MySpace profiles subject of new research

February 23, 2009

When it comes to revealing personal details about their relationships on MySpace, a popular social networking Web site, men are far less likely than women to mention a significant other and women are more apt to reference love.

These were among the conclusions that a McDaniel College professor and a student made in their joint research effort to analyze the profiles of 100 MySpace users ages 17 to 29, with a nearly even split of women and men. In their MySpace profiles, users around the world broadcast a varying range of detail about their interests, education level, relationship status and other intimate points of their lives.

“Although many of the historic views of male and female gender roles have changed, it is possible that some of the same traditional ways of forming identities are still practiced but simply in a different setting like MySpace,” wrote the study’s authors, Sociology Professor Lauren Dundes and student Melissa Joy Magnuson ’08. “This preliminary study suggests that women’s identity may still be largely determined by the men in their lives, given their greater propensity for including their significant other in their presentation of self.”

In recent months, Dundes’ and Magnuson’s work has been published in the national journal CyberPsychology & Behavior and cited in others, including the Journal of Applied Developmental Psychology. Their research also is being referenced in a future issue of Cosmopolitan Magazine.

“Although this article was published relatively recently, there are numerous citations of it on search engines like Google,” Dundes said. “Some of the Blog citations have indicated that the article was helpful in readers' understanding of their own lives, which is particularly gratifying given that some of academics’ writing has a limited readership.”

Such student-faculty research projects are a staple at McDaniel College and are an example of the one-on-one collaborations that happen day in and day out around campus. These invaluable experiences allow students to work closely with faculty members who serve as mentors, supervisors and collaborators throughout the projects.

“Researching MySpace ended up being a really great idea because almost no research had been done on it at that point,” said Magnuson, who is a special investigator for Kroll Government Services, which contracts with the U.S. Office of Personnel Management.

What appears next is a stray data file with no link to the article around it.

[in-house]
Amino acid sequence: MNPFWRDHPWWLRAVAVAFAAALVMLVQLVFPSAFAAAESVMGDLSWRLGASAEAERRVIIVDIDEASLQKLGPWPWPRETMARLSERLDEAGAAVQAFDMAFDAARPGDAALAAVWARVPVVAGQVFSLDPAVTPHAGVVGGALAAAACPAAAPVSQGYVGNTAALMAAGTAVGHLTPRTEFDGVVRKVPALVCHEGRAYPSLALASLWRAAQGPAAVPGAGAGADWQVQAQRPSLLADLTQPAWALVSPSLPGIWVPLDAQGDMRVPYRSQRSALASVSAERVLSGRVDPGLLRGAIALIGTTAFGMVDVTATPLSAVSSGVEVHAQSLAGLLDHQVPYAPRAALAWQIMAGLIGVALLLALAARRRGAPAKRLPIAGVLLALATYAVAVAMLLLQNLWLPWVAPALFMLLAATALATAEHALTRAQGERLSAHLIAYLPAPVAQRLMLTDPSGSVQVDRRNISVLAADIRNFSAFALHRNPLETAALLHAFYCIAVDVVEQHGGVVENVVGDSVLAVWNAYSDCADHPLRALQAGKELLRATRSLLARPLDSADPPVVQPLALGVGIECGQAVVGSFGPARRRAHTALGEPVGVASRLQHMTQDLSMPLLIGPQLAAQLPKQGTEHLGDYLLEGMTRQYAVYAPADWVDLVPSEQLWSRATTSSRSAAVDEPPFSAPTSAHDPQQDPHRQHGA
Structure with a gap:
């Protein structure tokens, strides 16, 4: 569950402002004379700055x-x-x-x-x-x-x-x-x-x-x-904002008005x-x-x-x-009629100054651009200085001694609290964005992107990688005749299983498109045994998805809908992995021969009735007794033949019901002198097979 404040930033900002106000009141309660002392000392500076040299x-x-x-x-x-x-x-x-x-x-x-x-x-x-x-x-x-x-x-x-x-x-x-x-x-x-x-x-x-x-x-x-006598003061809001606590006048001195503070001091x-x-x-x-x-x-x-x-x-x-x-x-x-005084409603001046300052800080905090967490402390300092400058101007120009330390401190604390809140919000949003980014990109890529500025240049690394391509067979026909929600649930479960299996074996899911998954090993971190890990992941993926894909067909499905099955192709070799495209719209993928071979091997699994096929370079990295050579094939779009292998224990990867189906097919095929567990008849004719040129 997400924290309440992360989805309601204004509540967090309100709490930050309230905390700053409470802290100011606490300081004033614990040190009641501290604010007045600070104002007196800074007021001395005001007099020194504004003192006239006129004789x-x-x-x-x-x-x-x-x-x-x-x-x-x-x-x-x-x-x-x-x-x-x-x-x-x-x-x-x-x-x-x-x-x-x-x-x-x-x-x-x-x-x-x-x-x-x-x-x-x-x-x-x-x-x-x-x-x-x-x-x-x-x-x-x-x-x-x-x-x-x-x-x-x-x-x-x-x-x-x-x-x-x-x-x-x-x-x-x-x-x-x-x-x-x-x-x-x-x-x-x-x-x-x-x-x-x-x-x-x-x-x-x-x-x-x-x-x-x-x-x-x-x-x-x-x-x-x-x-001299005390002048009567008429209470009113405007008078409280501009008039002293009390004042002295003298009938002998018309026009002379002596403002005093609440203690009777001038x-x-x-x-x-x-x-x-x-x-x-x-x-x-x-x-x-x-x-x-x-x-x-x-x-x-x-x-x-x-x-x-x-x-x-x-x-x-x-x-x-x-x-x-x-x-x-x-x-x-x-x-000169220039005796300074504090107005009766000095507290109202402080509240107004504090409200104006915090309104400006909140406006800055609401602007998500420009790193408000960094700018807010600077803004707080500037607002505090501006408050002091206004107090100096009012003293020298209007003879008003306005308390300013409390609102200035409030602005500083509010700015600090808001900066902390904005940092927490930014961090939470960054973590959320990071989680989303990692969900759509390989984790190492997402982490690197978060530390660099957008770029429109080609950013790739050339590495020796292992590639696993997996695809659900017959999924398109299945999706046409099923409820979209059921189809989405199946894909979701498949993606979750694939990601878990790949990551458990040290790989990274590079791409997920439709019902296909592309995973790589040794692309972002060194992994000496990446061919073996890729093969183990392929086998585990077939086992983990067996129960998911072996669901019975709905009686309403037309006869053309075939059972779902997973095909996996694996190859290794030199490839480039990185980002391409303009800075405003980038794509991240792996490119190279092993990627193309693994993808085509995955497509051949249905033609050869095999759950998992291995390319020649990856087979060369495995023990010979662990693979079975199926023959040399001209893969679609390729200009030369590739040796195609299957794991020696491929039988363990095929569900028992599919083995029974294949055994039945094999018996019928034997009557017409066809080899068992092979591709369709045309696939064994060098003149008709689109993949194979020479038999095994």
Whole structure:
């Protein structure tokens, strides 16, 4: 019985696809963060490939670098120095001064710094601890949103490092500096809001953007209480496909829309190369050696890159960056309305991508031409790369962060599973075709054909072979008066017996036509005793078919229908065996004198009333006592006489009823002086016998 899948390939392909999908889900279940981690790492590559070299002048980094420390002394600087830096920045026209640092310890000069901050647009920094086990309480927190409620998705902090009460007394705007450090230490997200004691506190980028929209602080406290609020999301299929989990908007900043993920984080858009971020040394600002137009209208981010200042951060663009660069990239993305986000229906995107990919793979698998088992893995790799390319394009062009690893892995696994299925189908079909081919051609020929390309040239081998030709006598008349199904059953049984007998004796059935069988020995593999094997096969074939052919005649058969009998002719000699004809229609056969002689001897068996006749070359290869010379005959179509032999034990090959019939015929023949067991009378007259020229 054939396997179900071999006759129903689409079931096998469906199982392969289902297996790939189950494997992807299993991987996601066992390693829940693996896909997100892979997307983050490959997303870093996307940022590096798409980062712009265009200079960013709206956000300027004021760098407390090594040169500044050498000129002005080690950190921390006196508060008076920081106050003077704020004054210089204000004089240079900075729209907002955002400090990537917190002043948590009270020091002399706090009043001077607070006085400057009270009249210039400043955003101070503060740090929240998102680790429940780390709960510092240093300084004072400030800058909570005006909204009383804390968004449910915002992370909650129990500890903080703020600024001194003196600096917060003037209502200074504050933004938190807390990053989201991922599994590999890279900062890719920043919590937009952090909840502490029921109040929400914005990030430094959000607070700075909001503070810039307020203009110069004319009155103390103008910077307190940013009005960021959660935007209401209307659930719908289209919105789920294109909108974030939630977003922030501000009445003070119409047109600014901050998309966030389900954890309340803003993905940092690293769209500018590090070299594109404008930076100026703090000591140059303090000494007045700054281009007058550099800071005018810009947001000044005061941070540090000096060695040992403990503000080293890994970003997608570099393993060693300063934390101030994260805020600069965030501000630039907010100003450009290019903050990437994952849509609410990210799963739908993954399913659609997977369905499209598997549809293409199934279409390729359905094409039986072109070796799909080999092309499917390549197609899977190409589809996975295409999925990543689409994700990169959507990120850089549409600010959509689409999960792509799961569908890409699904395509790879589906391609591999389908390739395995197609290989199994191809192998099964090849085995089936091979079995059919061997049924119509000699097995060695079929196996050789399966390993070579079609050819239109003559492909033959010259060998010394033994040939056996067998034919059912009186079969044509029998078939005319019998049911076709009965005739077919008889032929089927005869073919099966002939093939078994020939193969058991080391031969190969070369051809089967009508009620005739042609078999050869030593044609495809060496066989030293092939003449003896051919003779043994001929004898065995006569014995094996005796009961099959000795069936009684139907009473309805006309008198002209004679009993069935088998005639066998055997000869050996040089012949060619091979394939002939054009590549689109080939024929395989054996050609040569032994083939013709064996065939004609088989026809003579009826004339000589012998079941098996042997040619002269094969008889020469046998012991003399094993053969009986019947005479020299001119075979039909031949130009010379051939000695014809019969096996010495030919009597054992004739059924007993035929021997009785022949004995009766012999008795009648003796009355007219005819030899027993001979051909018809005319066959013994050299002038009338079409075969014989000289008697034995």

“After doing the research and writing the paper, Dr. Dundes helped me edit the paper down to a size that would work for a journal,” Magnuson added. “She took care of sending out the finished product to all the different journals, and we found out a few months later that we were accepted for publication. It was definitely very exciting for me! Dr. Dundes was very involved with the whole process and was wonderful to work with! It was definitely one of the highlights of my academic career.”

Frequently, such student-faculty research projects lead to students presenting their work at professional meetings around the country or having their work published in peer-reviewed journals that have national circulation.

Kate Maloney, a senior Psychology major, who has been working with Holly Chalk, assistant professor of Psychology, is scheduled to present her research work during next month’s Eastern Psychological Association meeting in Pittsburgh on the topic, “To Seek or Not to Seek Help: The Mediating Role of Personal Attitudes Toward Counseling.”

Chalk said she will also be presenting with several other students on a research project titled, “Easing the Transition: Protective Effects of Self-Esteem and Group Cohesion on Psychological Adjustment to College.”

During the 2007-2008 school year, more than 200 students worked with nearly 50 faculty members to complete such projects as, “The ‘want nots’: Why some individuals reject the myth of technology,” “The Phenomenom of Online Evangelism,” and “Tattoos and their meaning: A study of why people get tattoos.”

Student-faculty research is conducted through course work, special summer opportunities and the senior capstone experience. The research typically involves close work and multiple meetings between students and their faculty advisers.

Many regard student-faculty research work as academically and personally rewarding.

The effectiveness of the college’s student-faculty research program was noted by Loren Pope in his book, "Colleges That Change Lives," in which he wrote that colleges like McDaniel have “a faculty of scholars devoted to helping young people develop their powers, mentors who often become their valued friends.”